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    Sound proofing and sound treating are completely different things. I'll assume you mean Auralex sound treating though. Can I also assume that your referring to something like this:
    [​IMG]

    If thats the case, then it won't address what your referring to at all. Yes that will help with your imaging somewhat, but not the bass. You need bass trapping for that or else you could be dealing with phase issues. What are your room demensions? Have you tested your room?

    If you have all of the bass trapping you need and I'm assuming wrong, then I apologize.:dude
     
  14. indytone

    indytone Member

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    Bass traps, etc... won't help if the monitors you're using aren't reproducing true sound in the first place.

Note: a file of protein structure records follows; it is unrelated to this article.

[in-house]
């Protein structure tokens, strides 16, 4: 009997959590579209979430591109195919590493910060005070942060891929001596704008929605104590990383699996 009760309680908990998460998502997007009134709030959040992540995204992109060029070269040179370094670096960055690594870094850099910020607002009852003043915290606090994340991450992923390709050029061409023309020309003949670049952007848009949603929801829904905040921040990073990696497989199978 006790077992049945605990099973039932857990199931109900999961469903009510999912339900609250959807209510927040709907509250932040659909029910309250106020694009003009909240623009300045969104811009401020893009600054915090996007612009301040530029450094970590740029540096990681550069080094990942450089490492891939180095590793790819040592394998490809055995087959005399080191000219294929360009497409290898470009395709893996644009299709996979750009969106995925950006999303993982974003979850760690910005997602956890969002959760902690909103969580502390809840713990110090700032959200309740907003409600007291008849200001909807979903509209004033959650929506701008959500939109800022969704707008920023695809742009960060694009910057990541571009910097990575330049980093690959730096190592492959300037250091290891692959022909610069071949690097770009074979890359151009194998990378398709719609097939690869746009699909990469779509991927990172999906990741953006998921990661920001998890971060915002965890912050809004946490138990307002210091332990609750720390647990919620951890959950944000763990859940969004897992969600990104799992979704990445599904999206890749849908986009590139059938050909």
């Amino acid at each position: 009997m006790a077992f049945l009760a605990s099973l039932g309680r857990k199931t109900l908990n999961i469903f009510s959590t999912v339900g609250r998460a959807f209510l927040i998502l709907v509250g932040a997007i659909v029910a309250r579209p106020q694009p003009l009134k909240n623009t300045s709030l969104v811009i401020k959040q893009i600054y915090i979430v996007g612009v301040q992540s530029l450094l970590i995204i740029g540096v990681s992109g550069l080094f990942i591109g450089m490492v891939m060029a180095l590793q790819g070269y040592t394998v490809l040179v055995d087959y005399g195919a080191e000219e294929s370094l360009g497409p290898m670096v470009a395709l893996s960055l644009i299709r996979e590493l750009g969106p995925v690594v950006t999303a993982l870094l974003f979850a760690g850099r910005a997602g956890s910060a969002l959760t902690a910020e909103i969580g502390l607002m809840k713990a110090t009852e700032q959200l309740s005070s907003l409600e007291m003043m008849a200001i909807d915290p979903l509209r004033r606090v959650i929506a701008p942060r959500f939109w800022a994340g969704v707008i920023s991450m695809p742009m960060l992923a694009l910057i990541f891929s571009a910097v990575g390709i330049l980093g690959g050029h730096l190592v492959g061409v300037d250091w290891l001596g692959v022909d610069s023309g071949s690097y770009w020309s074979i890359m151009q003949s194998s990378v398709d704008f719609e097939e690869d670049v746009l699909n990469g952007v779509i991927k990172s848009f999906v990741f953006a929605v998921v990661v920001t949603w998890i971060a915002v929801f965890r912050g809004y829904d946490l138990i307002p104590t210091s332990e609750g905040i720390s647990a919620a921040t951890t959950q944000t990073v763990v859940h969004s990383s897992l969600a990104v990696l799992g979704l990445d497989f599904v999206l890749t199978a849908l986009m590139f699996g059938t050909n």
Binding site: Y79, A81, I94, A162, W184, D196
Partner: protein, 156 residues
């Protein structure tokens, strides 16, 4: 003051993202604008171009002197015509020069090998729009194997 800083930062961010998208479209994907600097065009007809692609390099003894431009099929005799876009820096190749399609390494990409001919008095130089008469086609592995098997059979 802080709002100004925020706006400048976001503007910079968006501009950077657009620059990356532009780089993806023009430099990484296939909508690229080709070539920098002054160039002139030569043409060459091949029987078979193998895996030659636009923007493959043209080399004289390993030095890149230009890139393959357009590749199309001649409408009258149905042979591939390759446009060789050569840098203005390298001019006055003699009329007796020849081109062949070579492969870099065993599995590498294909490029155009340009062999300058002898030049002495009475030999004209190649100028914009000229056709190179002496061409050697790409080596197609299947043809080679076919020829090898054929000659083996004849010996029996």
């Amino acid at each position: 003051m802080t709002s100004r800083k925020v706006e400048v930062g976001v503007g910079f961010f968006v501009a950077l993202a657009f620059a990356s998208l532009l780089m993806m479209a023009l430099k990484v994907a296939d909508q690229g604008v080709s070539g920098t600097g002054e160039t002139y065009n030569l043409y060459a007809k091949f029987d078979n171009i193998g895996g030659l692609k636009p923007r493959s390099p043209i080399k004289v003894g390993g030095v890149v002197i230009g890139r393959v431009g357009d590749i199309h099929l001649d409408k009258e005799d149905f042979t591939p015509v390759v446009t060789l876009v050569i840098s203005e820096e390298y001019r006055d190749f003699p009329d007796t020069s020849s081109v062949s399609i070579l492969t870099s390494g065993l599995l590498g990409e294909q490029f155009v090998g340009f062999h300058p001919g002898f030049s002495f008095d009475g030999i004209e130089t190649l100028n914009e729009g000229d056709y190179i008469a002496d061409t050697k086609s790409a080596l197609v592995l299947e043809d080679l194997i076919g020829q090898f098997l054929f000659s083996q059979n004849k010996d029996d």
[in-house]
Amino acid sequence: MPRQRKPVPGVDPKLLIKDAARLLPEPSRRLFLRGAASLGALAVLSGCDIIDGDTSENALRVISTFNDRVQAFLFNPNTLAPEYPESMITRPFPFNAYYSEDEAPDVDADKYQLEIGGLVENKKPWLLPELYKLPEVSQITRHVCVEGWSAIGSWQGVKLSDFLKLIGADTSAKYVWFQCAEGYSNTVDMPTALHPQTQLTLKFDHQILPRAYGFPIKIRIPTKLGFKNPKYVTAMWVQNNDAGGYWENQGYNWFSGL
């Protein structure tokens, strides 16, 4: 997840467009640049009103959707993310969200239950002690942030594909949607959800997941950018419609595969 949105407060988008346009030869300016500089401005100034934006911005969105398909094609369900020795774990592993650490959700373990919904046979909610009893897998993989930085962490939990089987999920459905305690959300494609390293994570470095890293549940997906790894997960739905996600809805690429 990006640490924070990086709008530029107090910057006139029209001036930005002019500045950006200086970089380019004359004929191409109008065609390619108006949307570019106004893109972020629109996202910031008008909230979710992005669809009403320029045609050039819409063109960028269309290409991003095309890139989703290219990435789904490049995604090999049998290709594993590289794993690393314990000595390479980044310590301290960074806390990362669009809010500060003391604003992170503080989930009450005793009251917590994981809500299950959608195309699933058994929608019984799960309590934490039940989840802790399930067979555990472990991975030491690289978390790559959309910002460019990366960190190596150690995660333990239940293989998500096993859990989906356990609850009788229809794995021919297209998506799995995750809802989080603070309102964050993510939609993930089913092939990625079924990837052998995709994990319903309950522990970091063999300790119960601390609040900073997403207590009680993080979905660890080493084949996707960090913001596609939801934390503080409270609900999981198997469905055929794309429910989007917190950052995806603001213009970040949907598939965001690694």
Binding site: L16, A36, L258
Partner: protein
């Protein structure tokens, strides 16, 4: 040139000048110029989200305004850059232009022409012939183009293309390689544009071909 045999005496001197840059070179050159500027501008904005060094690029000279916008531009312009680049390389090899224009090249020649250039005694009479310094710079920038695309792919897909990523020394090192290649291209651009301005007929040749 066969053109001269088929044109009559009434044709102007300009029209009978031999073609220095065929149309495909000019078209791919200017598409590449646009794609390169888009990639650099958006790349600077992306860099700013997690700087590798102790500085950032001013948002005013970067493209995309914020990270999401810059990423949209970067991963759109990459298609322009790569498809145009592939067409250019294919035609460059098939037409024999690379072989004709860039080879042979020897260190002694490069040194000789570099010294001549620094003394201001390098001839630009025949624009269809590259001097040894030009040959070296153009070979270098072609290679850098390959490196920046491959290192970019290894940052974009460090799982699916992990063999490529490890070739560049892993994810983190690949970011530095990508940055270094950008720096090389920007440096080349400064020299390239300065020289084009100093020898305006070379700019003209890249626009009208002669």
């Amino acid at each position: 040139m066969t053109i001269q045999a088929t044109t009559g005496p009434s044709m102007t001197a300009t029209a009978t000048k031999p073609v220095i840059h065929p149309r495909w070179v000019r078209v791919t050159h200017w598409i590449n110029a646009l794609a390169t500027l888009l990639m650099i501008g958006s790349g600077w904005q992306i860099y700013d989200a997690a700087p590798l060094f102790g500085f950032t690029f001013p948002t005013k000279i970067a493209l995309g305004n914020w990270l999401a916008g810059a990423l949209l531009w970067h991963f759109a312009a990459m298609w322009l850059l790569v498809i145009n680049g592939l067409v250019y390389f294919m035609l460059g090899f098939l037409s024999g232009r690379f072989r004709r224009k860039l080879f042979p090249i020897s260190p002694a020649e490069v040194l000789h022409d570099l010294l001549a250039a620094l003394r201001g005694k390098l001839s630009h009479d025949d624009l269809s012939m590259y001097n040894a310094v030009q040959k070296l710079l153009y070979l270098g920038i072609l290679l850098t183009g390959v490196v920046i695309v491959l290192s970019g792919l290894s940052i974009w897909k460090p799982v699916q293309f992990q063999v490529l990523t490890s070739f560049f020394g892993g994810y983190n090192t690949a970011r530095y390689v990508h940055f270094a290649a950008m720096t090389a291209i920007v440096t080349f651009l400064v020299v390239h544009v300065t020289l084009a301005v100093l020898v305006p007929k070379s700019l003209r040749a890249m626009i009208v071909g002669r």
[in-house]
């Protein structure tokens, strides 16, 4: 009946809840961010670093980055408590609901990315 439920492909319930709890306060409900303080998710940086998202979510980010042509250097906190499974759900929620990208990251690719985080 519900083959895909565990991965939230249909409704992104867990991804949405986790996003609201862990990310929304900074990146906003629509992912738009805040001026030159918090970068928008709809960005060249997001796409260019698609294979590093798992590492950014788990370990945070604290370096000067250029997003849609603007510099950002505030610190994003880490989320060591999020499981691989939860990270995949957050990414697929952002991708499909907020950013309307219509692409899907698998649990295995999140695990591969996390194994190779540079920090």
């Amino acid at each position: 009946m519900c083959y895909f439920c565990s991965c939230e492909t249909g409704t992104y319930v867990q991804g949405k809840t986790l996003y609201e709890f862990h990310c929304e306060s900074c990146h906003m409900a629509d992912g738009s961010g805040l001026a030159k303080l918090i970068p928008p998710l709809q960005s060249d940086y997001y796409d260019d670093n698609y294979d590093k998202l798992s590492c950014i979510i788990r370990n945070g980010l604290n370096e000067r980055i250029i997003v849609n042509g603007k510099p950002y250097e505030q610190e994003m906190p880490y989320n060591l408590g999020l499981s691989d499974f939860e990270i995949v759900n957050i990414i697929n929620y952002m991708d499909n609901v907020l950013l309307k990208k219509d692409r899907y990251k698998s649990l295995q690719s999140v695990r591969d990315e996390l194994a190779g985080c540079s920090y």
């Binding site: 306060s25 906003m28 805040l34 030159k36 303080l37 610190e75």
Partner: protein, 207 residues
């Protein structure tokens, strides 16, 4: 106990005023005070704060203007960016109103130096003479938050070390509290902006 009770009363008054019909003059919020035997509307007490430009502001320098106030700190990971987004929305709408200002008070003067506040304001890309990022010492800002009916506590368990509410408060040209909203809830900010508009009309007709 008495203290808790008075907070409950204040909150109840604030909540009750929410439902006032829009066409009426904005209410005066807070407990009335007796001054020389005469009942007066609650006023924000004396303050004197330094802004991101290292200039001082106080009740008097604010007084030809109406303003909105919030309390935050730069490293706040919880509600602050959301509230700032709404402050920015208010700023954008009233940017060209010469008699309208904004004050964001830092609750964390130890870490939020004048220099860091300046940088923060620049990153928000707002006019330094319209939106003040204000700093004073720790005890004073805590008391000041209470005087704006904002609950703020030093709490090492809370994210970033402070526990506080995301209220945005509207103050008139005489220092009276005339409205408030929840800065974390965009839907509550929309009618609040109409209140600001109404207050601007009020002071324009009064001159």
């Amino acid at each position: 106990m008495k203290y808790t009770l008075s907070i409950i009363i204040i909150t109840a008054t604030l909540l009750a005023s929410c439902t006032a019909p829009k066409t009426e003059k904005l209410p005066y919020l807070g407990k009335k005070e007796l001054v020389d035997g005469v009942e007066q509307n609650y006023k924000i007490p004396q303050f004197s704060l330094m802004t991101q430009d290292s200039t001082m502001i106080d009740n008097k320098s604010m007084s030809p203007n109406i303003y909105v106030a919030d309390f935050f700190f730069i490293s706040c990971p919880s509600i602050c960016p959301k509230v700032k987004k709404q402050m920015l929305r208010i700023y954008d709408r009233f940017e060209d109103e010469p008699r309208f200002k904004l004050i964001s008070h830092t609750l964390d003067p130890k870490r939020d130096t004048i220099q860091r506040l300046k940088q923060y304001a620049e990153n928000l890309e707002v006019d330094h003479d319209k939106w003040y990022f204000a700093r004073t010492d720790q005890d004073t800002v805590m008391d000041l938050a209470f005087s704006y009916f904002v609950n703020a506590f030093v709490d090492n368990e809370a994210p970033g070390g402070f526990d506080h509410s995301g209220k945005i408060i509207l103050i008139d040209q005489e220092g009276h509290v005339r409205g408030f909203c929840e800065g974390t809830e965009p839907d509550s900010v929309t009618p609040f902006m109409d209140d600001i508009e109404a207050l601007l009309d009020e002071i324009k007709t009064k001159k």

We took my cousin's Events and put them up against the M-Audios and it made a world of difference. It's all good now.

    :)

    Now I have the Events hooked up and two pair of headphones (some crappy over the ear Sonys and some AKGs). I've been mixing to the events and then listening on each set of headphones to make minor adjustments. Then I've been taking the songs, exporting the mix (using Cubase) and then listening to it on other systems -- first stop being the same PC but through the system soundcard on the system speakers. Things are finally starting to roll along smoothly.
     
  15. VSpaceBoy

    VSpaceBoy Member

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    Cool man, sounds like you got it all figured out. (pun intended) :hiP